Wednesday, February 13, 2013

Supreme Court to decide constitutionality of DNA laws that make even innocent people automatic suspects for future crimes

Aaron Tobey (see below)
This is a critically important issue that every reader of this blog needs to know about.

In the United States of America, because of the Fourth Amendment, police aren't supposed to force innocent people to submit to searches and seizures without a warrant, without probable cause, or without individualized suspicion. Police aren’t supposed to “round up the usual suspects,” all due apologies to Captain Renault.

DNA testing is the ultimate search and seizure method. Courts have upheld DNA testing of prisoners and parolees, but persons who have only been arrested, not convicted, traditionally are afforded privacy rights closer to the rights of ordinary citizens. Prior to conviction, the old rule was that the only legitimate intrusions upon a person's freedom and privacy are those that were directly relate to the prosecutorial needs of the specific case under investigation.

Round up the Usual Suspects

All that is rapidly changing. In state after state, the Fourth Amendment rights of persons merely arrested are being sacrificed in the interest of nabbing more violent criminals. Politicians sell the change by saying it’s for the benefit of women and children. The federal government and more than half the states now have laws allowing DNA collection from some or all arrestees. The DNA profiles of even innocent people are entered into enormous databases accessible by numerous law enforcement agencies across the country.

Later this month, the Supreme Court will hear oral argument in a case where Maryland collected DNA evidence of a man who was arrested but not convicted. It could be a very important precedent for the wrongly accused.

The Problem

What's the problem with collecting DNA evidence from persons merely arrested but not convicted? The problem is that it's a legal high-tech fishing expedition, unprecedented in our history, much worse than allowing the police to go rummaging through your house without your permission or a warrant looking for anything they might use against you, both now and in the future. Law enforcement is using the DNA profiles of presumptively innocent persons, arrested but not convicted, in the hopes of “getting lucky" and linking the arrestee to some crime completely unrelated to the one it is supposed to be investigating -- crimes committed anywhere in the United States, and even crimes that haven't been committed yet. An innocent man or boy wrongly arrested for a rape he didn’t commit, who is never convicted, will find his DNA being examined for every unresolved rape and violent crime that occurs thereafter, anywhere in the United States, until the day he dies. He will be an automatic suspect and an unwitting, and unwilling, participant in high-tech DNA police line ups every time the government wants to “round up the usual suspects.”  Some states even use DNA databases to find not only people in the database, but also their family members.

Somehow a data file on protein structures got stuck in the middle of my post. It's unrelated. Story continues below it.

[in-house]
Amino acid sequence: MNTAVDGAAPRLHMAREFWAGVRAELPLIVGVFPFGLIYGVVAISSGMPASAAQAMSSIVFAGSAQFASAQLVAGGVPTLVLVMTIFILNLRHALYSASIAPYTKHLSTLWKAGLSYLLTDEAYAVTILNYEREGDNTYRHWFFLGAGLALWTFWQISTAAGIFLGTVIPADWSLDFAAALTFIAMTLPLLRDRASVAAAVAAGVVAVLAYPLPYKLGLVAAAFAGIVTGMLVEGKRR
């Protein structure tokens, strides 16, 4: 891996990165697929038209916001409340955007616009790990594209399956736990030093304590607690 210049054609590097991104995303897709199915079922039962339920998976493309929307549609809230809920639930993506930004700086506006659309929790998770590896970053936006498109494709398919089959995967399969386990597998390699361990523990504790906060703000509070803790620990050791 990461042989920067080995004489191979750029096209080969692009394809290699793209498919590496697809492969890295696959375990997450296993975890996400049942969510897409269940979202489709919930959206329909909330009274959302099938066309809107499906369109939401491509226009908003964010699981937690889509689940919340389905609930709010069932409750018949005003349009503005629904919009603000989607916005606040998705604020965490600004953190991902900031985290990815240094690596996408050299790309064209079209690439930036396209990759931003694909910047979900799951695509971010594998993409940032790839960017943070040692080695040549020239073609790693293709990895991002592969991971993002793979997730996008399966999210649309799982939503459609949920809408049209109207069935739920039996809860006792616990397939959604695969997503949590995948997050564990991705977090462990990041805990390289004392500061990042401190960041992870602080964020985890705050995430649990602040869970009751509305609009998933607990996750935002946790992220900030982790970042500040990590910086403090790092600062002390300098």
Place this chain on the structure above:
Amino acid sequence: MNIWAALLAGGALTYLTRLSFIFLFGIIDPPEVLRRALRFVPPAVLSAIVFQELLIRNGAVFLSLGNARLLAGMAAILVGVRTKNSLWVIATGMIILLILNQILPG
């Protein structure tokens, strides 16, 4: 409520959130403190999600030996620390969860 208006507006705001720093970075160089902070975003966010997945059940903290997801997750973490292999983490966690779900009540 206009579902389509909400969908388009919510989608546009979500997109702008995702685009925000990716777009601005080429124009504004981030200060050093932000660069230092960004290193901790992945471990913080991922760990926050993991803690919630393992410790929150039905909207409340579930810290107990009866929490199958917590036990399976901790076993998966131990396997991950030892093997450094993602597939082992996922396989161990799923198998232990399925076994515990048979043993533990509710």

Make no mistake, states have a financial interest in doing this. States that collect DNA from individuals arrested for certain serious crimes (murder, voluntary manslaughter, serious sexual offenses or serious kidnapping offenses), and compare the samples to those in the FBI's DNA database CODIS at least once, can receive Federal bonus money. In fact, some states receive millions of dollars in Federal grants each year.

Some Sane and Rational Voices

Some voices crying in the wilderness recognize the threats to the innocent. “Sen. Patrick Leahy, a Vermont Democrat who is chairman of the judiciary committee, believes federal DNA testing laws have gone too far. Although he strongly supports the Violence Against Women Act, he said he always had reservations about its mandate that DNA be collected from anyone arrested or detained by federal authorities. ‘This change adds little or no value for law enforcement, while intruding on the privacy rights of people who are, in our system, presumed innocent,’ Leahy said . . . when he tried, unsuccessfully, to discourage the Justice Department from implementing the policy.” Kellie Greene, a Florida rape victim, saw through the politicized effort to tramp on the rights of innocent men. She blames the rush to test DNA on “legislators acting like they're tough on crime." The ACLU has said that CODIS should not become “a system that gathers personal information about innocent people just in case they someday commit a crime. Any DNA records included in the federal CODIS systems should pertain to people who have been convicted of serious violent crimes.” The ACLU has also said this: “At its core, such an effort violates one of the fundamental principles of American law, which is that one is presumed innocent until proven guilty. Housing a person’s DNA in a criminal database renders that person an automatic suspect for any future crime – without warrant, probable cause or individualized suspicion.”

DNA Collection Hurts Criminal Investigations

Supporters point to the fact that collecting DNA of arrestees is a powerful police resource in unsolved "cold cases," and the more DNA on file, the more likely criminals will be caught.